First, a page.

The trade winds had been blowing strong and steady from the NNE at 20 knots in Cartagena, but on the eve of the start a storm front moved in from the west and the normal weather pattern changed . When the three participating square riggers approached the starting line on May 6, the wind was already failing. Guayas, from Ecuador, favoring the leeward end of the line, crossed two minutes after the gun followed by Spains Juan Sebastian de Elcano. Colombia's Georgia, like a good host crossed last, 33 minutes after the signal, and was engulfed by Class B vessels. Captain Gustovo Angel of Gloria, a meterologist by training, correctly diagNorjollk's Parade of Sail May 19; Spain's Elcano looms over the American brig Unicorn and at right the brigantine Young America.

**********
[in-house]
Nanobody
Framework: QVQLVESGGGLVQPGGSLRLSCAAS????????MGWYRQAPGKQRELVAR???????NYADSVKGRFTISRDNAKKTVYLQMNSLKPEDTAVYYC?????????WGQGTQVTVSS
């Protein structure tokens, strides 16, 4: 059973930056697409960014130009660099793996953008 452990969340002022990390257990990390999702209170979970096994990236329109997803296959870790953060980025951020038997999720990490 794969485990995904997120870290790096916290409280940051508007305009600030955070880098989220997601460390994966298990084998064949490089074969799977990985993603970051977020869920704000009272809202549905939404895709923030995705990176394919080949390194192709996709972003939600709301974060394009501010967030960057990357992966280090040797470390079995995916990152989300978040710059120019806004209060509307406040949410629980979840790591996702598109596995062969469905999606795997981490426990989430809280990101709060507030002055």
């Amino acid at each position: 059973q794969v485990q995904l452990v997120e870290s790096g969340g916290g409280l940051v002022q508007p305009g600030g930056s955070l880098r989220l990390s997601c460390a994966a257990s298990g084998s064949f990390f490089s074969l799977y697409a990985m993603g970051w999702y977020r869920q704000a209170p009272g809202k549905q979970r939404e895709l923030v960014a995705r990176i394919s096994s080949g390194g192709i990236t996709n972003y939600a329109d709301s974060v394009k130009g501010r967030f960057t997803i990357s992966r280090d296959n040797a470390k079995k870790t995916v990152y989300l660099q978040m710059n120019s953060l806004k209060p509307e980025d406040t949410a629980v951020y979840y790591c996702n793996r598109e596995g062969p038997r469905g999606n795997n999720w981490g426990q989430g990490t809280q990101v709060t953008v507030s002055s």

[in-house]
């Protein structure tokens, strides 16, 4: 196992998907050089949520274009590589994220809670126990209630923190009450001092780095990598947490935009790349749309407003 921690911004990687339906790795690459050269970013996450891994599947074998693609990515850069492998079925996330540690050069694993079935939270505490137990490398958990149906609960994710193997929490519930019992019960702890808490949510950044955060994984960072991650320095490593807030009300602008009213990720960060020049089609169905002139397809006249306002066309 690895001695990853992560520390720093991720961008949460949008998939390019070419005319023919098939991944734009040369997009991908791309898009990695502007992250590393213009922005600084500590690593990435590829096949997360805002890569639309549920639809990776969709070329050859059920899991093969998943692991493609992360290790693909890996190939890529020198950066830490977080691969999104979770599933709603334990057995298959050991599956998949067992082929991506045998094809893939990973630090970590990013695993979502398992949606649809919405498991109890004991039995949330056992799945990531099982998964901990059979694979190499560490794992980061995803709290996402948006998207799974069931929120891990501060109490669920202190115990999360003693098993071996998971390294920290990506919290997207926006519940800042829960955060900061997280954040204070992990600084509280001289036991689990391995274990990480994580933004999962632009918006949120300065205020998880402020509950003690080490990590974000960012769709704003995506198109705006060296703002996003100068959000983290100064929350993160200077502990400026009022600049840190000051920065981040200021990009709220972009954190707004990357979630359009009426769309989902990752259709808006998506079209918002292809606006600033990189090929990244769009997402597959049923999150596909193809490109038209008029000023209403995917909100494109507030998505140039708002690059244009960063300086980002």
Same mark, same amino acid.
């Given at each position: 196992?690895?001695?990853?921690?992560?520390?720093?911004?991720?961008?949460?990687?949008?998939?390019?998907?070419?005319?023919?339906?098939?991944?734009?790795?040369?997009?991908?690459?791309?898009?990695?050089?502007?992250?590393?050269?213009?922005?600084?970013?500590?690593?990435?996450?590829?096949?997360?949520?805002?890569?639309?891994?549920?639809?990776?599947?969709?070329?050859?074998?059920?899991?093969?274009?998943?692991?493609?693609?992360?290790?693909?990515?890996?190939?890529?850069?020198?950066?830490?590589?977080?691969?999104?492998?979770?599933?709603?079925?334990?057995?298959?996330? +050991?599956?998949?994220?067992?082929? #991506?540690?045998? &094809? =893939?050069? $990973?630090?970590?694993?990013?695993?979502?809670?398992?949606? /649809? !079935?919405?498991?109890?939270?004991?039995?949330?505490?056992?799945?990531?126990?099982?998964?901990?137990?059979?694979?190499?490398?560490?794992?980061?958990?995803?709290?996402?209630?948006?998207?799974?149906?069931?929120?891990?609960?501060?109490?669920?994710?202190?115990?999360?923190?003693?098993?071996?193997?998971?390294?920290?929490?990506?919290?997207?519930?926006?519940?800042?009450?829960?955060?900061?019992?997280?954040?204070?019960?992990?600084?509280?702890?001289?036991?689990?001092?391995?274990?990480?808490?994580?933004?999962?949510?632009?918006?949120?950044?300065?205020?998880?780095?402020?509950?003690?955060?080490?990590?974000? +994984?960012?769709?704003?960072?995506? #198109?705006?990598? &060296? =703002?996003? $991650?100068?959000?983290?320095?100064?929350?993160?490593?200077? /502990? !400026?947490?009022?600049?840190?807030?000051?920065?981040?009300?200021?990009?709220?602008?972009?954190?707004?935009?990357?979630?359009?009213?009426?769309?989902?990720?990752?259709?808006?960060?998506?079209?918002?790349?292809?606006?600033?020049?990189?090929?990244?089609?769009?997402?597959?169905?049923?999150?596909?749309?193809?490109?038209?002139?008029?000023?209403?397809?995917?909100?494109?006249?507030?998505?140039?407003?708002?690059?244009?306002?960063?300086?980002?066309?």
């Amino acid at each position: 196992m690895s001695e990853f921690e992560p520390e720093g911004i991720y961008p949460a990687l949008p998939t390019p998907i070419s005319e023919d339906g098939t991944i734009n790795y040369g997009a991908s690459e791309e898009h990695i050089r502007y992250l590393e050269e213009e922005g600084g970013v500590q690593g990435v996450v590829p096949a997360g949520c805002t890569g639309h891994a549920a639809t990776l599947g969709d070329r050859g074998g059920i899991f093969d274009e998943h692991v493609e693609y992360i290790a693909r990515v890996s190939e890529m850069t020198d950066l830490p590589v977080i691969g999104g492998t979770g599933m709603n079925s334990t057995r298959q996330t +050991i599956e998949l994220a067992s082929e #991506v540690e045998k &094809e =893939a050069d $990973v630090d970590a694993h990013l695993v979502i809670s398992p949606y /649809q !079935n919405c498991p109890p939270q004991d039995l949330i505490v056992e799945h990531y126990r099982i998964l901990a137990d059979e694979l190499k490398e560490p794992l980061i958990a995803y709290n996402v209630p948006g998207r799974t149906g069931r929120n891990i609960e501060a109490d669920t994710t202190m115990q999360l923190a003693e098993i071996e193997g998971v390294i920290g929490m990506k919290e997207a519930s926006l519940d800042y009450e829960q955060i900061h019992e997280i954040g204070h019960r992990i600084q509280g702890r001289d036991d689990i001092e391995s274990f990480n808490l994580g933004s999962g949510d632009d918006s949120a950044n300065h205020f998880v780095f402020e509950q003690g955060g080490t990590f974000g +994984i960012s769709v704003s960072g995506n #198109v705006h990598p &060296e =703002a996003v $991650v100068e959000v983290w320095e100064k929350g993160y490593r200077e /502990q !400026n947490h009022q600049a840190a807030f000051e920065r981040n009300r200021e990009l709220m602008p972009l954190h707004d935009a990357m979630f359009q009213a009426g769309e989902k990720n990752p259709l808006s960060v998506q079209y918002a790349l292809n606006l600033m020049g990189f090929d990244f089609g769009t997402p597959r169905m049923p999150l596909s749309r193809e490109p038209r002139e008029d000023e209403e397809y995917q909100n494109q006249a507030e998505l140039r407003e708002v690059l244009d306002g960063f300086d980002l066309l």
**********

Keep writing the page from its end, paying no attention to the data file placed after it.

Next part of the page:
nosed the weather and short tacked his ship up the coast of Colombia through the first night of racing. The wind veered to the east and Gloria, well to the east of the rhumb line, worked up to head directly for the Windward Passage. Guayas and Elcano, which had headed southwest, hardened up and made the best possible northerly course. Three days later saw a monumental decision situation for each vessel. Gloria had sailed smartly through the Windward Passage, and it appeared as if the race was in the bag. She worked unimpeded toward the Crooked Island Passage, but then lay becalmed for two days. Elcano was faced with a decision as to which course to take at the west end of Jamaica; whether to tack to the southeast and virtually point her bow back to Cartagena, or to continue up to the west of Jamaica, trusting that the wind would return to the normal pattern soon. She opted to stand on until she could tack into the strait between Jamaica and Cuba. In this manner when the wind shifted back to the north, Elcano would be in perfect position to reach through the passage. Instead she spent the next two days bucking a continuing easterly wind, which even veered deeper to the southeast, making only 15 miles of forward progress in each of two successive days. Measuring distance to go and time remaining, she was forced to quit the race and motor on to Norfolk. Guayas,